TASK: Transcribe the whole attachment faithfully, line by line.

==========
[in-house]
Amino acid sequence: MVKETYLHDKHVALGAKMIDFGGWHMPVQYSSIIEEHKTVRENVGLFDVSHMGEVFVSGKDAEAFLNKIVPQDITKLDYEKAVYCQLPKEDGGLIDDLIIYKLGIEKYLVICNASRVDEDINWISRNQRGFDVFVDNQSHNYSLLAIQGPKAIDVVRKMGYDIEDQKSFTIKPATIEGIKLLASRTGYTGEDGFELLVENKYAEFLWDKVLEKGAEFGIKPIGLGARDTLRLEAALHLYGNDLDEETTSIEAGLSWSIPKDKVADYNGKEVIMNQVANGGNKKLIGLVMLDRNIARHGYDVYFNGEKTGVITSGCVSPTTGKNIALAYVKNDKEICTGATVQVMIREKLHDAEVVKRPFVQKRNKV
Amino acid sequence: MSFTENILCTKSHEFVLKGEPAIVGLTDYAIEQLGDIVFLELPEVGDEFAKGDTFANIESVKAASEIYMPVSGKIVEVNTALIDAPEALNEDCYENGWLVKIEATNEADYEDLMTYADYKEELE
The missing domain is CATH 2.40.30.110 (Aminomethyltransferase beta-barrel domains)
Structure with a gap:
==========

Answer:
[in-house]
Amino acid sequence: MVKETYLHDKHVALGAKMIDFGGWHMPVQYSSIIEEHKTVRENVGLFDVSHMGEVFVSGKDAEAFLNKIVPQDITKLDYEKAVYCQLPKEDGGLIDDLIIYKLGIEKYLVICNASRVDEDINWISRNQRGFDVFVDNQSHNYSLLAIQGPKAIDVVRKMGYDIEDQKSFTIKPATIEGIKLLASRTGYTGEDGFELLVENKYAEFLWDKVLEKGAEFGIKPIGLGARDTLRLEAALHLYGNDLDEETTSIEAGLSWSIPKDKVADYNGKEVIMNQVANGGNKKLIGLVMLDRNIARHGYDVYFNGEKTGVITSGCVSPTTGKNIALAYVKNDKEICTGATVQVMIREKLHDAEVVKRPFVQKRNKV
Amino acid sequence: MSFTENILCTKSHEFVLKGEPAIVGLTDYAIEQLGDIVFLELPEVGDEFAKGDTFANIESVKAASEIYMPVSGKIVEVNTALIDAPEALNEDCYENGWLVKIEATNEADYEDLMTYADYKEELE
The missing domain is CATH 2.40.30.110 (Aminomethyltransferase beta-barrel domains)
Structure with a gap: